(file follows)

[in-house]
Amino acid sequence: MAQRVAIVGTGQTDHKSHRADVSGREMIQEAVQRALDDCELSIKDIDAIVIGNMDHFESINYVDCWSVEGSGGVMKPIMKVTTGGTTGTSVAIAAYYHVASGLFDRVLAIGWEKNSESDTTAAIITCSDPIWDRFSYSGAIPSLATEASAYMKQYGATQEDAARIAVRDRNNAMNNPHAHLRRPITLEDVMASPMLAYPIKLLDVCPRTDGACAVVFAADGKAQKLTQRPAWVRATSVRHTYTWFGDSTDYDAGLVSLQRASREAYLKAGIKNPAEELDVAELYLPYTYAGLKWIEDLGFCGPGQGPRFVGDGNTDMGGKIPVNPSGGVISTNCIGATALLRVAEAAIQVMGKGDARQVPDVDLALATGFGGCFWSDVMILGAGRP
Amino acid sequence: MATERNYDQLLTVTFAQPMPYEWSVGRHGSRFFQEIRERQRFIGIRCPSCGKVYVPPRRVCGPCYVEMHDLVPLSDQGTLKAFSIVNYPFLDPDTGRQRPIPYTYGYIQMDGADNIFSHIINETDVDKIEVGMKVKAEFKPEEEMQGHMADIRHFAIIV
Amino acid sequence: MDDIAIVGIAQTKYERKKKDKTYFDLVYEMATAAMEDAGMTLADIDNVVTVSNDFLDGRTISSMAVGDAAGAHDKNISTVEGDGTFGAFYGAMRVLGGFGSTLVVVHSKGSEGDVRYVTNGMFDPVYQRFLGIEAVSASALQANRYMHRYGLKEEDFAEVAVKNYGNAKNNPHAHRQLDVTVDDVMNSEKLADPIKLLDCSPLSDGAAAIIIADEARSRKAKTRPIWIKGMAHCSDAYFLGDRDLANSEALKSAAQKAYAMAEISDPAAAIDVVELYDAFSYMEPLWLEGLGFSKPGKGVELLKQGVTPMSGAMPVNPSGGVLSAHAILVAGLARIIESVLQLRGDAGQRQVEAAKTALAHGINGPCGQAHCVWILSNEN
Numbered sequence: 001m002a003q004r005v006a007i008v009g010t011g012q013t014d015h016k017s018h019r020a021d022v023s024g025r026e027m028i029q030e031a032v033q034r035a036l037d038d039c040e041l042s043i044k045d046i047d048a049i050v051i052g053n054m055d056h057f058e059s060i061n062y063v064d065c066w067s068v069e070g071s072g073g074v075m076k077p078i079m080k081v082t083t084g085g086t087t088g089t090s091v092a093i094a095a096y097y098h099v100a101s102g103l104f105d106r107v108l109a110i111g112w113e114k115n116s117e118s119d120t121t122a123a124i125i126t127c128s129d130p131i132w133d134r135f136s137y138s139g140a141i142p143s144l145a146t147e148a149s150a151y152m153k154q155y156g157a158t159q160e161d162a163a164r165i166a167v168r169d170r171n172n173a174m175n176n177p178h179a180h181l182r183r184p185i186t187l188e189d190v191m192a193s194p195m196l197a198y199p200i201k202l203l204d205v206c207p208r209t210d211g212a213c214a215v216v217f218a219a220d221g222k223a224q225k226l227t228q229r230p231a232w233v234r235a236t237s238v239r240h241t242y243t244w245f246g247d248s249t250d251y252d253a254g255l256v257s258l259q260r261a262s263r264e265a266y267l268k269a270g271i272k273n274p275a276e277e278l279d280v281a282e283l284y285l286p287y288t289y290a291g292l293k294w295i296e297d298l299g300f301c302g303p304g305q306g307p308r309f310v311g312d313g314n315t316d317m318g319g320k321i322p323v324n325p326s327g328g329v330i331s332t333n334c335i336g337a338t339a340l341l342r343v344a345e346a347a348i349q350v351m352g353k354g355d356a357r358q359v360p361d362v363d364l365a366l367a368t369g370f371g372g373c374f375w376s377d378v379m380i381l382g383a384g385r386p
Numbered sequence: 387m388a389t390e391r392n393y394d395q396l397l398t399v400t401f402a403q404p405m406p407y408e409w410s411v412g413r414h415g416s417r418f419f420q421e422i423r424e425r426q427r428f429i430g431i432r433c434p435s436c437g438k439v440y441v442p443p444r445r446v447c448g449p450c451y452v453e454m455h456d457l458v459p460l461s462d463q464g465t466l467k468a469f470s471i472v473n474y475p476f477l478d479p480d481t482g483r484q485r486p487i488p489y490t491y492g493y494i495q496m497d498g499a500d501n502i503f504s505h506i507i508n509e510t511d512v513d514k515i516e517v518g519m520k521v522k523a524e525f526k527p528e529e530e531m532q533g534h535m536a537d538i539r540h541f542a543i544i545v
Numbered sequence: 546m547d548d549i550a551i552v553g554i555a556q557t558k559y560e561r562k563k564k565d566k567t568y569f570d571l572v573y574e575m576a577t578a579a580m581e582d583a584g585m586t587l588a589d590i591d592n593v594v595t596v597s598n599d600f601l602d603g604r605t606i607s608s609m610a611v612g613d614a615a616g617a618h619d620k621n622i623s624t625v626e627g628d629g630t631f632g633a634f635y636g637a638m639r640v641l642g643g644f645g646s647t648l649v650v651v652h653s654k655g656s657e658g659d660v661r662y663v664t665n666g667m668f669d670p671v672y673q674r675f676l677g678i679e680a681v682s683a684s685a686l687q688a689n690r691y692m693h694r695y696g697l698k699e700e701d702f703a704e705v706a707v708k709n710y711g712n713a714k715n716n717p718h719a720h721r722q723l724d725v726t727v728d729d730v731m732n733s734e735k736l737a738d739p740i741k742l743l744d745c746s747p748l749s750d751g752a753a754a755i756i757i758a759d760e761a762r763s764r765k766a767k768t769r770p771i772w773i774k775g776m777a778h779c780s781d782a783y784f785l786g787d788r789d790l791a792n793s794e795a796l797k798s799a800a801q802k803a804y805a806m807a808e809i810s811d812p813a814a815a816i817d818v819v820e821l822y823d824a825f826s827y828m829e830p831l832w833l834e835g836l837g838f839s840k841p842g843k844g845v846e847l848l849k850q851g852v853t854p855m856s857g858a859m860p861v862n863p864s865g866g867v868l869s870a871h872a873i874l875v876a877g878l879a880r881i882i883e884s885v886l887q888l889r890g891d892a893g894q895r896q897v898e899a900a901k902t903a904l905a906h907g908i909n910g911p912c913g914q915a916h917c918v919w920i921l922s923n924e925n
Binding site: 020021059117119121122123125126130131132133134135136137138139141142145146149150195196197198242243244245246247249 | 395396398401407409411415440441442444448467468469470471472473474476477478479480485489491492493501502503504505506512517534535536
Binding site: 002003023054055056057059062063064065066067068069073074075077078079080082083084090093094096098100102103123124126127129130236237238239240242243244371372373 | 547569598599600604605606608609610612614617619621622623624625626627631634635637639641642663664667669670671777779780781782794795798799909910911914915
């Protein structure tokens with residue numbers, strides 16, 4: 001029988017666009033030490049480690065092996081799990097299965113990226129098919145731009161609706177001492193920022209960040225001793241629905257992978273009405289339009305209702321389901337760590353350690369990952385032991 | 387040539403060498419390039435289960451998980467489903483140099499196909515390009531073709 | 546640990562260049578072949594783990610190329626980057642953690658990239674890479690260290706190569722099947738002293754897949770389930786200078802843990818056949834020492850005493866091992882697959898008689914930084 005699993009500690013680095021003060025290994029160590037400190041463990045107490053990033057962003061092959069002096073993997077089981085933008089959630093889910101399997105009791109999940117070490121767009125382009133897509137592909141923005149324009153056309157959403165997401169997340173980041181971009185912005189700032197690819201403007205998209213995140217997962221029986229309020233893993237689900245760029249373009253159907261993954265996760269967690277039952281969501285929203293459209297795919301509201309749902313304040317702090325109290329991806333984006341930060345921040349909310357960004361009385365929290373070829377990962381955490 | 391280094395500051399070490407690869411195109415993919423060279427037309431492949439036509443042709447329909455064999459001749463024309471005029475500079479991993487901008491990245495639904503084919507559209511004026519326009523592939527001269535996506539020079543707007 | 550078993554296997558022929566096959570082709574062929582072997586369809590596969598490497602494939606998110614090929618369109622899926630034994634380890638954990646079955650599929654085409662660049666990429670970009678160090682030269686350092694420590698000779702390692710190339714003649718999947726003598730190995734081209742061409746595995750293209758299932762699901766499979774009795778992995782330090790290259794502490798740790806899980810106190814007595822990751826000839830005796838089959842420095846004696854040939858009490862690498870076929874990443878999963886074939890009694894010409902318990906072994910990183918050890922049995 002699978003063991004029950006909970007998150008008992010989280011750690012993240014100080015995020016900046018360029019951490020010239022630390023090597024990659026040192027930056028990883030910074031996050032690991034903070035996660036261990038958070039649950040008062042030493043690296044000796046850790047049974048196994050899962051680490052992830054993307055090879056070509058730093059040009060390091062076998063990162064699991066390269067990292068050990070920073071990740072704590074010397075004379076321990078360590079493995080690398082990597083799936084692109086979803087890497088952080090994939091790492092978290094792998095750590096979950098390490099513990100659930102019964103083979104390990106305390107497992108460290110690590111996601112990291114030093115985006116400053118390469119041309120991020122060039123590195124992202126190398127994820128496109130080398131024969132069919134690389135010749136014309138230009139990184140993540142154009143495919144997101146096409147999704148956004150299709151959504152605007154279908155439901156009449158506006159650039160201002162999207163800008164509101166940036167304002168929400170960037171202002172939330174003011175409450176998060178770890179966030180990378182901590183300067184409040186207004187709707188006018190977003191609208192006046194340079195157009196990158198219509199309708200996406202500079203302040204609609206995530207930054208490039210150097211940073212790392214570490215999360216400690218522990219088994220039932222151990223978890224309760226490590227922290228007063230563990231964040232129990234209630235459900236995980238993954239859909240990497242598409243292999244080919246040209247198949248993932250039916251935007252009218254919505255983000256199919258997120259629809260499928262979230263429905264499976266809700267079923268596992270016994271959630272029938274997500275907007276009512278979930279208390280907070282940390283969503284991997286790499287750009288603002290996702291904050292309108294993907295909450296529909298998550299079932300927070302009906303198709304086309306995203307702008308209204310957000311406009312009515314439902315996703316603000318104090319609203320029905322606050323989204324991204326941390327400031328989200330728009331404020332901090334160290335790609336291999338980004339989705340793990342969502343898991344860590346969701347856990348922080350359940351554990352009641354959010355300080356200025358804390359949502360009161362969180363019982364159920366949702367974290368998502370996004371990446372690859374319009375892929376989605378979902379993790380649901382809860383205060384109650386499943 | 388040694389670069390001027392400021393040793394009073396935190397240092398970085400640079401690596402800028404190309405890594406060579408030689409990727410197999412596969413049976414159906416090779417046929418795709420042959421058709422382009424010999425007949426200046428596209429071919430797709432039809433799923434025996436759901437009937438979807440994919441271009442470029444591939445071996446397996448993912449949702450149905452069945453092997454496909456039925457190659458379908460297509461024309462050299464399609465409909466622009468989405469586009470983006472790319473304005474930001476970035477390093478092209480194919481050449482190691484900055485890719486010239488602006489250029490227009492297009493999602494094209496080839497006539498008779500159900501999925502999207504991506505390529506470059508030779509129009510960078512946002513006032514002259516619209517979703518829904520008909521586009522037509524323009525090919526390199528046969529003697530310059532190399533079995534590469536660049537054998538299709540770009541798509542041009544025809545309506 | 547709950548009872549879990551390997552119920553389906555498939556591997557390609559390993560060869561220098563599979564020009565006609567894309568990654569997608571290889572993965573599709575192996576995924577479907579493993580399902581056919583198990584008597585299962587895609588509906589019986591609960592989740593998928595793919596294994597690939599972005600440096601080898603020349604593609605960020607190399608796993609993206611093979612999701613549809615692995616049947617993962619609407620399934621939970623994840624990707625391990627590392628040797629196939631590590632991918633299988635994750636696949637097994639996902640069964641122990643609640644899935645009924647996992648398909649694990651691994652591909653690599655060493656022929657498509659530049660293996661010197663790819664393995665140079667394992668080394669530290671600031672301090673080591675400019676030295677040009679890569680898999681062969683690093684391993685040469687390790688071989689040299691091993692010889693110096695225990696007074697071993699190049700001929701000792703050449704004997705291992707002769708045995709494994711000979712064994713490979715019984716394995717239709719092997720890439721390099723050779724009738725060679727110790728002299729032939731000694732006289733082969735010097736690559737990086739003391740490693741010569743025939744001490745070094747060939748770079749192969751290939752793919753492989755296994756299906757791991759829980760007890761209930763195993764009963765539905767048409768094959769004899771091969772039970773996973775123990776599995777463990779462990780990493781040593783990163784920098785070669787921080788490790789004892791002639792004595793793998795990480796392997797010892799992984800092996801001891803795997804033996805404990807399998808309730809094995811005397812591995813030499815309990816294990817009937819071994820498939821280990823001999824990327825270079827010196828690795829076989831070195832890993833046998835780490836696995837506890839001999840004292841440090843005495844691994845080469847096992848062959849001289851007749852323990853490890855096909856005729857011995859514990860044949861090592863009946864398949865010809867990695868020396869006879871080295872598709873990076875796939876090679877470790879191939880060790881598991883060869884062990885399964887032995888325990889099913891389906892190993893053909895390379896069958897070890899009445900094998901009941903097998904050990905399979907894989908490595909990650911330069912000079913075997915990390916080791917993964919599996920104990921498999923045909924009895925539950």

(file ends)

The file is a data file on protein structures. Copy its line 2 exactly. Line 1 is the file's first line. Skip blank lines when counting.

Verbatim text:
Amino acid sequence: MAQRVAIVGTGQTDHKSHRADVSGREMIQEAVQRALDDCELSIKDIDAIVIGNMDHFESINYVDCWSVEGSGGVMKPIMKVTTGGTTGTSVAIAAYYHVASGLFDRVLAIGWEKNSESDTTAAIITCSDPIWDRFSYSGAIPSLATEASAYMKQYGATQEDAARIAVRDRNNAMNNPHAHLRRPITLEDVMASPMLAYPIKLLDVCPRTDGACAVVFAADGKAQKLTQRPAWVRATSVRHTYTWFGDSTDYDAGLVSLQRASREAYLKAGIKNPAEELDVAELYLPYTYAGLKWIEDLGFCGPGQGPRFVGDGNTDMGGKIPVNPSGGVISTNCIGATALLRVAEAAIQVMGKGDARQVPDVDLALATGFGGCFWSDVMILGAGRP